Originally issued under the title Pulse, this is more or less a solo Ronald Shannon Jackson record. Poet Michael Harper appears unaccompanied on "Those Winter Sundays" and with Jackson on "Bessie's Last Dance," the latter a rare success in the poetry-and-music category that has something in common with clarinetist Don Byron's later collaborations with spoken word artist Sadiq. Meanwhile, guest Onaje Allan Gumbs takes care of "Lullaby for the Mothers," an uncharacteristically sentimental solo piano piece that borders on new age territory. The rest of the album is all Jackson, though. The most interesting tracks are the ones where he sings (in the same rough, weathered, bluesy style as his occasional vocals in Last Exit) or speaks along with his drumming. He does the latter on "Raven," the album's 11-minute centerpiece, groaning out a surreal mix of wordless noises and quotes from Shakespeare and Edgar Allen Poe in tandem with his explosive drum rolls and fills; Jackson really seems to be out in his own world here. Elsewhere, there are several more straight-ahead solo drum tracks that, while being as well played as one would expect, aren't as engaging as "Raven," the New Orleans-flavored "Puttin' on the Dog" (sic), or "Slim in Atlanta." Due to its inconsistent nature, Puttin' on Dog is probably better left to established Jackson fans, but its unusual highpoints do make it worth hearing.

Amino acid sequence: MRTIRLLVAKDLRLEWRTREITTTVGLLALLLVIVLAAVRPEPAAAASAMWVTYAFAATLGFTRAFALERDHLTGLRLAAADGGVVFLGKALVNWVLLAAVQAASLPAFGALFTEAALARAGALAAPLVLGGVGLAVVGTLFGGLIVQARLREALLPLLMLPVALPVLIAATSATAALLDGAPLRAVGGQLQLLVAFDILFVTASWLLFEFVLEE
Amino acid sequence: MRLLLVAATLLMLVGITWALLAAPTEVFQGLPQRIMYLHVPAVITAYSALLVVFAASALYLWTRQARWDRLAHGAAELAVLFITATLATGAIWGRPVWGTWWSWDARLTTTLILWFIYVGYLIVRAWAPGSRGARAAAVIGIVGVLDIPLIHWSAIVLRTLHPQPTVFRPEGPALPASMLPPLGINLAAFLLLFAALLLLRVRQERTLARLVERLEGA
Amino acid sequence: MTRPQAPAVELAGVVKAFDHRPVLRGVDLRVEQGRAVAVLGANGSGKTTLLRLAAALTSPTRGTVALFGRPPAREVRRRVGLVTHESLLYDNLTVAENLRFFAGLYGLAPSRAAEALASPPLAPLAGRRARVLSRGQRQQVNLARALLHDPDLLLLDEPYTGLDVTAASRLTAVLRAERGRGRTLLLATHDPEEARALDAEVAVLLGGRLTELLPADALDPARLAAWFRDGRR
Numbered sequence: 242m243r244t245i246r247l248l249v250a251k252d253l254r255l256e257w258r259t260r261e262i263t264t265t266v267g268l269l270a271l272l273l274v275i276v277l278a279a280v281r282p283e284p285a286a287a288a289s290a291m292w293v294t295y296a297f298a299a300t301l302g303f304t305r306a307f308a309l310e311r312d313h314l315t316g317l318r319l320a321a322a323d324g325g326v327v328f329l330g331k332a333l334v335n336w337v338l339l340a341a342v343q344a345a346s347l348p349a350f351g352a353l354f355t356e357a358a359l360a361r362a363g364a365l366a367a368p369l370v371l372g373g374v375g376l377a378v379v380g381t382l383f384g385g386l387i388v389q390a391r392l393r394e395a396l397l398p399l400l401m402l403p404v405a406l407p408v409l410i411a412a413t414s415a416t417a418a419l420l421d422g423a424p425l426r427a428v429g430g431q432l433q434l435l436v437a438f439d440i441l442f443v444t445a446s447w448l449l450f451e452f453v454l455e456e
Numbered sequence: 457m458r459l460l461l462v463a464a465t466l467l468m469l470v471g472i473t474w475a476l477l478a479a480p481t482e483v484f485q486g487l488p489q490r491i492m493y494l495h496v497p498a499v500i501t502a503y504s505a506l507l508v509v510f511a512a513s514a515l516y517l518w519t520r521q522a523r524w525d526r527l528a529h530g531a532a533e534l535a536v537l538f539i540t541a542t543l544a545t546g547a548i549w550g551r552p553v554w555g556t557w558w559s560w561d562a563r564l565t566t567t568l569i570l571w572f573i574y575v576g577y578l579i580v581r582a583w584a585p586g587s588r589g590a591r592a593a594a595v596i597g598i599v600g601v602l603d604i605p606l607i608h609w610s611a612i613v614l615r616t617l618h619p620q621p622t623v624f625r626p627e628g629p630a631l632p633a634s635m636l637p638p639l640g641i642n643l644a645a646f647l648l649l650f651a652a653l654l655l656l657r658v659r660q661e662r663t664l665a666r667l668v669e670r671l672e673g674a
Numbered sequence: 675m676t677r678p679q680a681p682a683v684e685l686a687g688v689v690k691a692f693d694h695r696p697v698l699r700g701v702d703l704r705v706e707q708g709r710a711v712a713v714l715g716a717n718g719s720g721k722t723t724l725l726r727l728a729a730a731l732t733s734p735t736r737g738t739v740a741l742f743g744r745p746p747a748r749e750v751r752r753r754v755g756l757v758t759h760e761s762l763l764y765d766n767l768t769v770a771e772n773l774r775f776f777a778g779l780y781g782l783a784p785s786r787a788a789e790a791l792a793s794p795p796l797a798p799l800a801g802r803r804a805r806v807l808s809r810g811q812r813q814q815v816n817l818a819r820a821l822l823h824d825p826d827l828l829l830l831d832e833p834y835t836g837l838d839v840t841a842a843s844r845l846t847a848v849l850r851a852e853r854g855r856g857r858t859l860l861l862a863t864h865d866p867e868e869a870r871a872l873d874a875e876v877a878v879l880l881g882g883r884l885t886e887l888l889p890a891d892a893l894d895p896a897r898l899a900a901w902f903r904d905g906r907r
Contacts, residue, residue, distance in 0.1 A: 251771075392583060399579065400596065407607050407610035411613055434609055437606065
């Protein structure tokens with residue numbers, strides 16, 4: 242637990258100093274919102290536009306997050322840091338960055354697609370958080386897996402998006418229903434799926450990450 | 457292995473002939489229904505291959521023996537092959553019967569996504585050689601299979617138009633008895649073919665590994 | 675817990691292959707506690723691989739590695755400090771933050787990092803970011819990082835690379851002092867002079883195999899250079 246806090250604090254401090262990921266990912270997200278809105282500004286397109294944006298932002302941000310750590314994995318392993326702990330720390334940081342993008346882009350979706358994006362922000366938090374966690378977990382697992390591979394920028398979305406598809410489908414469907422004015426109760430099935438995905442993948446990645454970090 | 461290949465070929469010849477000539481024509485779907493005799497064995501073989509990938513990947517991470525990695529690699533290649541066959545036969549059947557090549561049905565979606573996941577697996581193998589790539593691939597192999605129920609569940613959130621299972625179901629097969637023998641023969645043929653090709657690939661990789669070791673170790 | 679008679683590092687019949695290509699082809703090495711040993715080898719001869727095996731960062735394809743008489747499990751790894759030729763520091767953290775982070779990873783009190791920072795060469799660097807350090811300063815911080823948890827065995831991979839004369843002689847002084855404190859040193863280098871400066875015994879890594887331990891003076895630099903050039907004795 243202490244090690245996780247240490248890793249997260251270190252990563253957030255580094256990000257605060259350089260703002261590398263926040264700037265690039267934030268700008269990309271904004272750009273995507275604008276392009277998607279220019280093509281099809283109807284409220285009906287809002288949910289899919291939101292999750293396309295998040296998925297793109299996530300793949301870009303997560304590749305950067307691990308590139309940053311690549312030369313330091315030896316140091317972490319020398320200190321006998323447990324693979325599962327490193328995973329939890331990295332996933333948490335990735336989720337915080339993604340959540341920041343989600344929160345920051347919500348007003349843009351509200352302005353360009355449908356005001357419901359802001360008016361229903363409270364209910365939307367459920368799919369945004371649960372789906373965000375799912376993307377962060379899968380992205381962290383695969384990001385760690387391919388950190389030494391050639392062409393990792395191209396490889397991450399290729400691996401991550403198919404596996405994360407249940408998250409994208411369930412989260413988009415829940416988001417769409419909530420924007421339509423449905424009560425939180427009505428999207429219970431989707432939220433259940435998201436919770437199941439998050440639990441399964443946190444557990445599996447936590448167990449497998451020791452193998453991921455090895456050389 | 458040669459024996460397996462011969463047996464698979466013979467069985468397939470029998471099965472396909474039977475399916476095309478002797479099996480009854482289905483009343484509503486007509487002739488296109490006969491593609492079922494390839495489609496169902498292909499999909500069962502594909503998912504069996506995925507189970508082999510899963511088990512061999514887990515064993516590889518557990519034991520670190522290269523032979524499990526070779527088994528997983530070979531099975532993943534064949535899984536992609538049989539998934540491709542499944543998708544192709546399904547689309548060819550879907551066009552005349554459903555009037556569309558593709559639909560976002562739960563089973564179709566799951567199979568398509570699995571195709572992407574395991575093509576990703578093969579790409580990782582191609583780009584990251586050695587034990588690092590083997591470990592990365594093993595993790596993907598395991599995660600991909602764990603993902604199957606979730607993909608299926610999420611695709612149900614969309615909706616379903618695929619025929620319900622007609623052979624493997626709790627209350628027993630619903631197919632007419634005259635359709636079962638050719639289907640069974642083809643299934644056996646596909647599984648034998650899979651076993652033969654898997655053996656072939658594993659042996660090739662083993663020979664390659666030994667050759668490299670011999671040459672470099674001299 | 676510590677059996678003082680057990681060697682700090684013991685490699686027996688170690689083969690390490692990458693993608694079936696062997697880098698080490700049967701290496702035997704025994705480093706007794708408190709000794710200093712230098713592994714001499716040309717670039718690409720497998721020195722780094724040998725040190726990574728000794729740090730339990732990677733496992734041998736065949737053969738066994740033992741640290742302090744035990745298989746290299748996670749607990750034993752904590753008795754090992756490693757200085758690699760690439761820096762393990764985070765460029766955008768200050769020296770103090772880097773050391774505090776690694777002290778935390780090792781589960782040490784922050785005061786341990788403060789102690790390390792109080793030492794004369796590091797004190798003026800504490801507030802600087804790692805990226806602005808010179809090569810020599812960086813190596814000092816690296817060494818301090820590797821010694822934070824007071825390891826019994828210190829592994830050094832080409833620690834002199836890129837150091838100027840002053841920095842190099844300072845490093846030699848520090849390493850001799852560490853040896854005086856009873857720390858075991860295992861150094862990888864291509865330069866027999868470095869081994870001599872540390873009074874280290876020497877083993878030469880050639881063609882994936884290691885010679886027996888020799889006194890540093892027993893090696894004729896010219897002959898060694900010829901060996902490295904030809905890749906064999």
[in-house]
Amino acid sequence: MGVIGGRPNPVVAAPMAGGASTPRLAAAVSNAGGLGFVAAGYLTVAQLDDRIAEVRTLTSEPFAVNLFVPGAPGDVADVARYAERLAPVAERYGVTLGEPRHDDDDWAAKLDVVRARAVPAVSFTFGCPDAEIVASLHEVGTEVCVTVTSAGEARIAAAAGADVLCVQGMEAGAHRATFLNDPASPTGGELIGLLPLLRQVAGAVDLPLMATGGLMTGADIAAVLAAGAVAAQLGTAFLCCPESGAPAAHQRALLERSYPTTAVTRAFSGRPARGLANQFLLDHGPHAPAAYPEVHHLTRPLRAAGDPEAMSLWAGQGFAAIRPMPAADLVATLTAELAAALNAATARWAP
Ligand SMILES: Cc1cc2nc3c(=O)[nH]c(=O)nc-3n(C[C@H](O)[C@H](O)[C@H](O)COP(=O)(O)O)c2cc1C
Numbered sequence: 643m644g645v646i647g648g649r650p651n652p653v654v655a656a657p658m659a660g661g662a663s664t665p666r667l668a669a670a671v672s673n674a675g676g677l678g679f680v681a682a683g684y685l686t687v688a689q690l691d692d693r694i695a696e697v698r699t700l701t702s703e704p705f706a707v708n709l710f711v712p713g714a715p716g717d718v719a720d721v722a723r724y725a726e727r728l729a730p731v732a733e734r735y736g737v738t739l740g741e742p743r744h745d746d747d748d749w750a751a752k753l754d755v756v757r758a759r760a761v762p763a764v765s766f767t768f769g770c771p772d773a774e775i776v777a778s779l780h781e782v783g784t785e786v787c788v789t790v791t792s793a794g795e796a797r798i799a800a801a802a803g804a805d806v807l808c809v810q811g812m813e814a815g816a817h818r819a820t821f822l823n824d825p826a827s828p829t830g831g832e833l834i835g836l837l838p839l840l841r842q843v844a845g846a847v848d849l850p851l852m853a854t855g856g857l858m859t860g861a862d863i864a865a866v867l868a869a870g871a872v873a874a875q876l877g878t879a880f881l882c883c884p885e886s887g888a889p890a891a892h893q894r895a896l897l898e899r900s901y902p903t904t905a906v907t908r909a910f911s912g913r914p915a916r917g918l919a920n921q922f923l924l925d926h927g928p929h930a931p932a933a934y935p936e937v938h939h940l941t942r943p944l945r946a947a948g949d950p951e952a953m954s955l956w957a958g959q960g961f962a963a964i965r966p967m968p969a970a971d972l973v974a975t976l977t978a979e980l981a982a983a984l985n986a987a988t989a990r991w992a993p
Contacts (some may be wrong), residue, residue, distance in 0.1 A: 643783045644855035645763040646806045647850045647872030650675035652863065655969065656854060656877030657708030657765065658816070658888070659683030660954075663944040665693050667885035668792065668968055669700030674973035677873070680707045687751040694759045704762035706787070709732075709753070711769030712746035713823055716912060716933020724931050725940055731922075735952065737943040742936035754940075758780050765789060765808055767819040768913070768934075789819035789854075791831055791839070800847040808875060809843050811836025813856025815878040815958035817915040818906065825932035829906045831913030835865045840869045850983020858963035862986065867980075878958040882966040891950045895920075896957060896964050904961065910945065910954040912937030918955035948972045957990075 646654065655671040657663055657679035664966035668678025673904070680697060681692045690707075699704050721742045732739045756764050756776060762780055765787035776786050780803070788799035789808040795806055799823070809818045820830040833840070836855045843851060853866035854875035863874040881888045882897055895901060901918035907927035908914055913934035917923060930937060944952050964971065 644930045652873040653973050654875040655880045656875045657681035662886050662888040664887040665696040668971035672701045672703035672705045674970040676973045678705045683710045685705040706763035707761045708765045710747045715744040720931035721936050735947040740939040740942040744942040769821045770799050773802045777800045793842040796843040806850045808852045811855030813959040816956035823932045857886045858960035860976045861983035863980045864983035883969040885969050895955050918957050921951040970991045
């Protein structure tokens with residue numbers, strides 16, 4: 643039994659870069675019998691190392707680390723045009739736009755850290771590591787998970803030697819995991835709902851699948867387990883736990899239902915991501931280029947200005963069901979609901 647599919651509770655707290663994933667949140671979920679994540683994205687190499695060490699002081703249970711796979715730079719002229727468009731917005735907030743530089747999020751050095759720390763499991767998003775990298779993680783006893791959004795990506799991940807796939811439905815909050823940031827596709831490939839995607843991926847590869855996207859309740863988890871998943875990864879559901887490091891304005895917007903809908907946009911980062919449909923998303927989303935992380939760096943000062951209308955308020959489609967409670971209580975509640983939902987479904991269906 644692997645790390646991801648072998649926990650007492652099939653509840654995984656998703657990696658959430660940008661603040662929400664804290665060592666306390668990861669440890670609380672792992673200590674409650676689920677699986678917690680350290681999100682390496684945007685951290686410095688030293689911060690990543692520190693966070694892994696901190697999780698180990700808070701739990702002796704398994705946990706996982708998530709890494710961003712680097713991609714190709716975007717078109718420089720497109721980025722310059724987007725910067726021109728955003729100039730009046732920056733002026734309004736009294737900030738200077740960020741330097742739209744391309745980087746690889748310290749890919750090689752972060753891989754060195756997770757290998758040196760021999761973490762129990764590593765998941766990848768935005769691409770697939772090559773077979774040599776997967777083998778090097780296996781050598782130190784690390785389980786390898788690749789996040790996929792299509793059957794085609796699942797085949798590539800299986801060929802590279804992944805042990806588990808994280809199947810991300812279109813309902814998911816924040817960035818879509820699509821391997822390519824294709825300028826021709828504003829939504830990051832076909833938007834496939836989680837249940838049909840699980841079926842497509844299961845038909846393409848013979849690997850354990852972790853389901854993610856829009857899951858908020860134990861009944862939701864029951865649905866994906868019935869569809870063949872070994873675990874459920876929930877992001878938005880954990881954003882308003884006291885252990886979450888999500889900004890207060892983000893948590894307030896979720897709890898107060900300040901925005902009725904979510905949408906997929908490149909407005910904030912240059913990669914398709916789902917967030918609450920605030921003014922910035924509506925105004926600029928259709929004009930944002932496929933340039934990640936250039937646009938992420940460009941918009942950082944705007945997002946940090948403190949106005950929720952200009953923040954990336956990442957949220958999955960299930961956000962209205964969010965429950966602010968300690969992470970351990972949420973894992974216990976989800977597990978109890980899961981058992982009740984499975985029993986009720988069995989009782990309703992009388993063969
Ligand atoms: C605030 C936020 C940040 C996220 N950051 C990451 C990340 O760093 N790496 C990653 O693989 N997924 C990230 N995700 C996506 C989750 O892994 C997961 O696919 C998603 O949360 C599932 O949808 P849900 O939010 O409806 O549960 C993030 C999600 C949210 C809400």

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AllMusic Review by William York